Current AWS Workload recommendations December 2020

There’s a heap of Best Practice around workloads online and in AWS, and here’s some of my current thoughts as at December 2020 – your mileage may vary, caveat emptor, no warranty expressed or implied, and you may have use-cases that justify something different:

PatternRecommendationRationale
Multi-AZ VPCDesign Address space for 4 AZsIn an AZ outage, having just one AZ remaining to satisfy demand during a rush is not enough; using contiguous address space and CIDR masks means after 2, we have 4
VPC DNSSEC validationEnable for VPC Validation, but be ready for external zones to stuff up their DNSSEC keysFailing closed maybe better than failing open; but new failure modes need to be understood.
Route53 Hosted Zone DNSSECHold off until current issues are resolved if you use CloudFrontNew service, new failure modes.
TLS1.2 and above onlyOlder versions are now already removed from many clients; be ready for TLS 1.3 and above only
VPC IPv6Enable for all subnets33% of traffic worldwide is now IPv6; your external interface (ALB/NLB) should all be dual stack now as a minimum. Don’t forget your AAAA Alias DNS records.
VPC External EGRESS for private subnetsMinimise, avoid if possible.You shouldn’t have any boot time or runtime dependencies – apart form the outbound integrations you are explicitly creating. Use ENDPOINTS for S3 and other services. Minimise Internet transit.
CloudFront IPv6Enable for all distributionsAs above; particularly if your origin is only on IPv4; Don’t forget your AAAA Alias DNS records.
HTTP interfacesOnly for the APEX of the domain if you think people will type your address by hand into a browser; for all other services, do not listen on port 80 HTTPAvoid convenience redirects, they are a point of weakness. Use HTTPS for everything, including internal services.
ACM Public TLS CertificatesUse DNS validation, and leave validation in place for subsequent reissueRemove the manual work in renewing and redeploying certificates.
S3 Block Public AccessDo this for every bucket, and if possible, Account-wide AS WELL.Two levels of this in case you have to disable account-wide in future.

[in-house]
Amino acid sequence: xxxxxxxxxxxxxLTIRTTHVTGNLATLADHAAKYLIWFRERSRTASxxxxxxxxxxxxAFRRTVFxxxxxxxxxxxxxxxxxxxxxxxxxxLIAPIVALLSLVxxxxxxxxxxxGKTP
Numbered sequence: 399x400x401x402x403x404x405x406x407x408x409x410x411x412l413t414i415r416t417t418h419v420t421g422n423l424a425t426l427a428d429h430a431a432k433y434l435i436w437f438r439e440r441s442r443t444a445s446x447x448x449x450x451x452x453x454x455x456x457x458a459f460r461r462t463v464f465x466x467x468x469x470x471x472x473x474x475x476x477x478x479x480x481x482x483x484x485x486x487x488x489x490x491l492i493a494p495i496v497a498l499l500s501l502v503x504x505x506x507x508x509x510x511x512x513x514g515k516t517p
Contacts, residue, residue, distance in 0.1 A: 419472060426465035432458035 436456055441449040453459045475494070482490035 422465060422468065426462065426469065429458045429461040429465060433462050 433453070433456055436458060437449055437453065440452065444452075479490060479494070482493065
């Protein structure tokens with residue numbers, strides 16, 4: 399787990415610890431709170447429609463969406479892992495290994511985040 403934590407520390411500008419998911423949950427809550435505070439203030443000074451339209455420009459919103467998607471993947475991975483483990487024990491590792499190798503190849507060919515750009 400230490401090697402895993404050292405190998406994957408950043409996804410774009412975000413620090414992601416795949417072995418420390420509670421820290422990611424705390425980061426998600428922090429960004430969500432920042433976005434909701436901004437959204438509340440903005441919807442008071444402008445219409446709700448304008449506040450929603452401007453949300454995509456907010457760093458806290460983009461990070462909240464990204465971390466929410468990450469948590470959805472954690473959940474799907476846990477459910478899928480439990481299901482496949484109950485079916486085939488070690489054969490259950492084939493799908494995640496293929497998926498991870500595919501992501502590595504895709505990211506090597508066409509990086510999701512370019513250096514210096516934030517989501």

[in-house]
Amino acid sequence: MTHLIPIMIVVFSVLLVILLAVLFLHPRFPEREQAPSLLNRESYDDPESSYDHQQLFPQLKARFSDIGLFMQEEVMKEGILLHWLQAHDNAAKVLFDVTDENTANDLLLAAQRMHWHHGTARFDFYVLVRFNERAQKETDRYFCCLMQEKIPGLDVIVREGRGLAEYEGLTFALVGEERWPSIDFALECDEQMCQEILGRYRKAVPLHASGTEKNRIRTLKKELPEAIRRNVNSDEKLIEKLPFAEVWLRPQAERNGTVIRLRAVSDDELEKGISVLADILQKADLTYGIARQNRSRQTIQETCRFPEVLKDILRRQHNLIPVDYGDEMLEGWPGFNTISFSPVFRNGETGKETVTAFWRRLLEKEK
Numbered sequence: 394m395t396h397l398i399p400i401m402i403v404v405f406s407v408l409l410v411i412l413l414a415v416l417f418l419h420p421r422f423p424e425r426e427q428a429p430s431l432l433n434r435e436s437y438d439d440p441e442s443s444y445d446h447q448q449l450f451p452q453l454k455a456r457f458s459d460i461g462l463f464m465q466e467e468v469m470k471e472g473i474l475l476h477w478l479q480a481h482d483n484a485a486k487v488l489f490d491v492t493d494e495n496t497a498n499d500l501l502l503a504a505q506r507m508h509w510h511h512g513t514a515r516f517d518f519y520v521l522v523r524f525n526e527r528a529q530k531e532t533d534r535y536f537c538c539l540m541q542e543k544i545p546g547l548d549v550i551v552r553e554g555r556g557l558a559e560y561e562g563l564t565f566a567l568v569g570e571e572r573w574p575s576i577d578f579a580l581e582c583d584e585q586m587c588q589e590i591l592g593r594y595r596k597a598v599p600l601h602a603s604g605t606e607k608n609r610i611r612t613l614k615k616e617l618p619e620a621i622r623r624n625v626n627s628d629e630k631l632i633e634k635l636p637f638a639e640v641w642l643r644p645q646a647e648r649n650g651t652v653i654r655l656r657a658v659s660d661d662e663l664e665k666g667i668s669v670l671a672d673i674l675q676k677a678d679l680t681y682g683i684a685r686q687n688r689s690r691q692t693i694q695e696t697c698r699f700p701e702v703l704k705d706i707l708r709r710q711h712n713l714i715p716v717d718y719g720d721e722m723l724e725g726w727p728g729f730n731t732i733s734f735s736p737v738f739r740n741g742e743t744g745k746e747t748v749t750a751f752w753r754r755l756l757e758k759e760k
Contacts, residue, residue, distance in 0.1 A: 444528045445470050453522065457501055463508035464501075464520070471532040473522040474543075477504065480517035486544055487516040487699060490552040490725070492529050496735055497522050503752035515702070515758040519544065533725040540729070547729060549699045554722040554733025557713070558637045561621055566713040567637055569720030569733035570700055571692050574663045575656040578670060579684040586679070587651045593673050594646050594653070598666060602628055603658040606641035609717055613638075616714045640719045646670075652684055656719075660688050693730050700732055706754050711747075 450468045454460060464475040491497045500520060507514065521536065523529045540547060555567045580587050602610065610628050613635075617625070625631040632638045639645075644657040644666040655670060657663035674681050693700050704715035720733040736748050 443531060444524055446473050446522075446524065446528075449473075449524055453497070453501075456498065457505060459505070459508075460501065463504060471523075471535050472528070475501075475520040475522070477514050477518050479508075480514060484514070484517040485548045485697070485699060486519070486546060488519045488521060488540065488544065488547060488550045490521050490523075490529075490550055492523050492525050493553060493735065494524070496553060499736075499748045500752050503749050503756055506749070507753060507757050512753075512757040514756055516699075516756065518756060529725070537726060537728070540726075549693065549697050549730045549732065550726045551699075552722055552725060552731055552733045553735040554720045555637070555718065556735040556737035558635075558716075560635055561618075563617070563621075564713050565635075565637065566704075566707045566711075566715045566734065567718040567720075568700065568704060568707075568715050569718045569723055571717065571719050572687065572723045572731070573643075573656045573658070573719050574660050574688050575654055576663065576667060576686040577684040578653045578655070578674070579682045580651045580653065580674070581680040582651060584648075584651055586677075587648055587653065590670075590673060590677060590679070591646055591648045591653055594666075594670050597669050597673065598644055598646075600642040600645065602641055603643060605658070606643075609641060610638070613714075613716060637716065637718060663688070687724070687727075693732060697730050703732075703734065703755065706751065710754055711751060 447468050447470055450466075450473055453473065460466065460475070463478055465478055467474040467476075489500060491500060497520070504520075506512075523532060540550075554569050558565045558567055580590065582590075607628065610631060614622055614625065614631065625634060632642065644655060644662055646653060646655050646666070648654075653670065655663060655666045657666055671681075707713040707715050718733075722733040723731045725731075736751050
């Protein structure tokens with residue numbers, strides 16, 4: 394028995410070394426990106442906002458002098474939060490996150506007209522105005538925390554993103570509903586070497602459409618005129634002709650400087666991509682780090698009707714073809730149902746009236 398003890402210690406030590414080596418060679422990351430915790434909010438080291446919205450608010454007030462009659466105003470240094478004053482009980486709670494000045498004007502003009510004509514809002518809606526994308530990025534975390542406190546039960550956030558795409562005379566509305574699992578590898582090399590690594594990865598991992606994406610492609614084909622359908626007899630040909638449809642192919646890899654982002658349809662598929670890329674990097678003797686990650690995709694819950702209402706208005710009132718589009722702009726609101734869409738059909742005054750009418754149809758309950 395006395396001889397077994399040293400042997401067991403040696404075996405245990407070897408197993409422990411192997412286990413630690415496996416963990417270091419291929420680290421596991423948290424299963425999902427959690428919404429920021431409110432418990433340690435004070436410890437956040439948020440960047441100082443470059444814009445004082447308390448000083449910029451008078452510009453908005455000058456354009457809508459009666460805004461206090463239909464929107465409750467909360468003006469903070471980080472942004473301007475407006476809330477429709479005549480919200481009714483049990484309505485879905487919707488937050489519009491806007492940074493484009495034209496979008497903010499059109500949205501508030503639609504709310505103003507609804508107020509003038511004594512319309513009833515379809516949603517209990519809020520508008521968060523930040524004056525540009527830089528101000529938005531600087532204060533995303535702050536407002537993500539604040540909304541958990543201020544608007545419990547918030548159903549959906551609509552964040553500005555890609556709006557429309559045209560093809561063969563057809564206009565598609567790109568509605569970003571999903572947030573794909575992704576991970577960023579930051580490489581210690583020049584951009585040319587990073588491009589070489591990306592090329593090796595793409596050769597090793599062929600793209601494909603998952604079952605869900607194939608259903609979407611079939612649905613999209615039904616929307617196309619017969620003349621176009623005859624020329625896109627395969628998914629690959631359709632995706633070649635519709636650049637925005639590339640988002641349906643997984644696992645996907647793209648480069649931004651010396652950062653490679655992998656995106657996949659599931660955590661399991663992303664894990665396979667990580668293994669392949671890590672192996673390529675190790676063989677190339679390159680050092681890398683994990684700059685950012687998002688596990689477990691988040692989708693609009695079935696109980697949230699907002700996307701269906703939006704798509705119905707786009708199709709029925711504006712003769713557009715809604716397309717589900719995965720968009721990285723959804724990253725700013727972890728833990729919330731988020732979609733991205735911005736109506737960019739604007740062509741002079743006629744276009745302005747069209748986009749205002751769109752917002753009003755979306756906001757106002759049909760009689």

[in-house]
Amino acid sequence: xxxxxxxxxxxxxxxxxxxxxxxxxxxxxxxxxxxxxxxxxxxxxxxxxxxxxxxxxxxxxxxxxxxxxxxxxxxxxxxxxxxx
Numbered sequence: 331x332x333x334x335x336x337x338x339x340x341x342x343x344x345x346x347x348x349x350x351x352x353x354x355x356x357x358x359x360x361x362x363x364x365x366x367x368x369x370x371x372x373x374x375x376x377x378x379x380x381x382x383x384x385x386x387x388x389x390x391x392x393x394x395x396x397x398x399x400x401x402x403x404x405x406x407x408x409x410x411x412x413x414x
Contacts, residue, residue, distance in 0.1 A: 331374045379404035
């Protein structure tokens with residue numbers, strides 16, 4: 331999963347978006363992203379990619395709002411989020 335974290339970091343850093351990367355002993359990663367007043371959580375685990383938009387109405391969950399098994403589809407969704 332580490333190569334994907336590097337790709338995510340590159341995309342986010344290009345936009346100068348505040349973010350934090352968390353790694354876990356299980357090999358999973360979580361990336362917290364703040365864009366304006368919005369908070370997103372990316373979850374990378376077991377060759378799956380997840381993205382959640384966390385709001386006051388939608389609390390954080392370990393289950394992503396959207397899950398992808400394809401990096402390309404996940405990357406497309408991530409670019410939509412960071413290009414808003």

S3 Website public (anonymous) hostingDo not use; look at CloudFront with Origin Access IdentityYou can’t get a custom certificate nor control TLS on S3. But beware default document handling and other issues.
S3 Access LoggingEnable, but set a retention policy in the S3 BucketNo logs means no evidence when investigating issues.
CloudFront Access LoggingEnable, but set a retention policy in the S3 BucketNo logs means no evidence when investigating issues.
VPC Flow LogsEnable for all, but set a retention policy in the CloudWatch LogNo logs means no evidence when investigating issues.
DatabaseUse RDS or Aurora wherever possible Less operational overhead
RDS Maintenance; Minor versionsAlways adopt latest minor version pro-actively, from Dev through to ProdDon’t wait for Auto graduand to happen; that’s typically on decommission of the version being available.
RDS Maintenance: Major VersionsAfter testing, move up to latest Major versionAvoid being on a decommissioned major version; the enforced upgrade jump may be a bigger jump forward than your application can support.
RDS Encrypt in flightEnforceEnsure privacy of the credentials for connection regardless of where the client it. Don’t assume the client config to use encryption is correct
RDS Encryption in flightValidateGet the RDS CA certificate(s) in your trust path during application build time. Always automate brining them in (and validate and log where you get these from).
RDS Encryption at restEnableKMS is fine. Use a dedicated key for important workloads (and don’t share the key with other accounts).
DNS RecordsAlways publish a CAA and SPF record, even for parked domainsProtect risk and reputation
HTTP Security HeadersValidate on SecurityHeaders, Hardenize, SSLLabs, Mozilla Observatory, and Google Lighthouse (and possibly more).This is an entire lesson, but an A will get you in good stead.
HTTP Security Headers: HSTSEnforce HSTS for a yearWe’re never going back to unencrypted HTTP
Public CDNs for libraries in major projectsAvoid; host your own assets.Remove external dependencies

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